Monday, August 1, 2011

America: Debt Ceiling and Growth

As we expected it would, the debt ceiling extension debate in the US is going right down to the wire. The good news was that stalemate has been achieved. That’s good because after stalemate comes compromise. The messages out of both parties leadership this morning is that a deal is close, although our read is the Democrats are being somewhat more cautious (coy?). And of course party leadership accord does not guarantee House or Senate passage.

The compromise appears to be a two-tranche increase in the debt ceiling totalling $2.4 trillion. The first tranche of around $1 trillion spending cuts would be agreed as part of the deal, with the detail of the second tranche to be agreed later. There appears to be no revenue initiatives in the proposal, making the package more challenging for the Democrats to agree to than the Republicans.

There is still a lot of work to do to get this through. This feels a lot like 2008 waiting for the Troubled Assets Rescue Program (TARP) to get approved. TARP eventually got through, but not without plenty of drama and market volatility. Once agreement on a deal is reached, legislation cannot be passed in time to meet the August 2 deadline. The Senate will use short-term measures to extend the debt-ceiling but this can only buy days rather than weeks or months.

Right here, right now we are actually more concerned about US economic growth than the politics of the debt ceiling. Second quarter GDP growth came in at weaker than expected 1.3% (seasonally adjusted annual rate or saar). Revisions to historical data as a result of annual benchmarking knocked a total of 1% off previous growth estimates.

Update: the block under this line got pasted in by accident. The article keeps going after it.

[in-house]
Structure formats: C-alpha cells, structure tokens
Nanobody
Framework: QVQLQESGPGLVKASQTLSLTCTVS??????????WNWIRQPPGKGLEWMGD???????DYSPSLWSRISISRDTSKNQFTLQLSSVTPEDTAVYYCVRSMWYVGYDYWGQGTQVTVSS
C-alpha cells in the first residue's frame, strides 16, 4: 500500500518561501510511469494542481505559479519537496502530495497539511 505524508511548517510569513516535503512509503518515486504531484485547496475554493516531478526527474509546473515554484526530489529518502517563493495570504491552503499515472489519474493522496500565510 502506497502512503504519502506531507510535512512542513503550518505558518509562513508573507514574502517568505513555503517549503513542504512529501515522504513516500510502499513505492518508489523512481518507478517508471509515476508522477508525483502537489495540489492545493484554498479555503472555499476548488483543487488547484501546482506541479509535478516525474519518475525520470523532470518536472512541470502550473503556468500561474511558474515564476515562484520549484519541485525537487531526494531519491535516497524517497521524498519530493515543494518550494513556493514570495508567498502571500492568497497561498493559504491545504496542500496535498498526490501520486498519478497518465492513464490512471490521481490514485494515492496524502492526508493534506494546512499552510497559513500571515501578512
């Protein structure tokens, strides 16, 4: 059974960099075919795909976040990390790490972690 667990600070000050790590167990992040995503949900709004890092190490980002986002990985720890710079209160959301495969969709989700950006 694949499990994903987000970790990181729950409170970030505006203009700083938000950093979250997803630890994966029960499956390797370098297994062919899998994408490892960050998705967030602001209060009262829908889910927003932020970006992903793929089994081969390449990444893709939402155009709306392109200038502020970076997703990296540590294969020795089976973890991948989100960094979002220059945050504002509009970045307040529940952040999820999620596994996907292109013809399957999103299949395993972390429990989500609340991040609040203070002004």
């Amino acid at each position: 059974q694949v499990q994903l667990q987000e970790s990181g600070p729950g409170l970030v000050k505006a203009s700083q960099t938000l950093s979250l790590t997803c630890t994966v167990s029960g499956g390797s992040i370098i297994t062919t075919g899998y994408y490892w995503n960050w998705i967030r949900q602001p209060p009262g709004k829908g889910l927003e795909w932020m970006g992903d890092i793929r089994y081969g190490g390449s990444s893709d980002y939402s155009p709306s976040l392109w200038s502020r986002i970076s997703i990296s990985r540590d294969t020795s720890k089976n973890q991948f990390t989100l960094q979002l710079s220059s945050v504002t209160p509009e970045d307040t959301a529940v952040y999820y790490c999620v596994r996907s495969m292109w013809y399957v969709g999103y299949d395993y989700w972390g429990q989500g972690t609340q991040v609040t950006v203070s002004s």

We have been somewhat downbeat on the US growth outlook right from the start of the recovery. Since the recovery started, the average quarterly growth rate has been 2.5%, well short of a “normal” recovery which would typically see growth rates of around 4%. The theory was that household and finance sector deleveraging initially, then followed by government deleveraging, would keep growth subdued for many years, but the last six months in the US have been weaker than expected. We agree with the Fed’s assessment that some of this current weakness is transitory (Japan earthquake supply disruptions and high commodity prices), but there is more to it than just those factors.

Federal Reserve Chairman Ben Bernanke has said recently that monetary policy is not a panacea. We agree: monetary policy can’t do all the work which is why we still don’t expect QE3. With demand weak, and likely to remain so, a different approach to achieving higher economic growth is required. One of the implications of the revisions down in economic growth is that productivity (a supply side phenomenon) is now lower than previously thought. Instead of debating the debt ceiling, US politicians should be debating a more activist supply-side approach to building stronger US economic growth. The same goes for Europe.

The good news in the US GDP data was continued strength in capital expenditure. That bodes well for future growth. Given the constrained household sector, we continue to look to capex and exports to be the strongest areas of US growth.

Over the last few months we have moved to de-risk our portfolios by reducing our overweight in growth assets. With equities still cheap on most measures, this was against our normal inclination to want to be overweight growth. But with so much to worry about at the moment, it remains the most prudent positioning.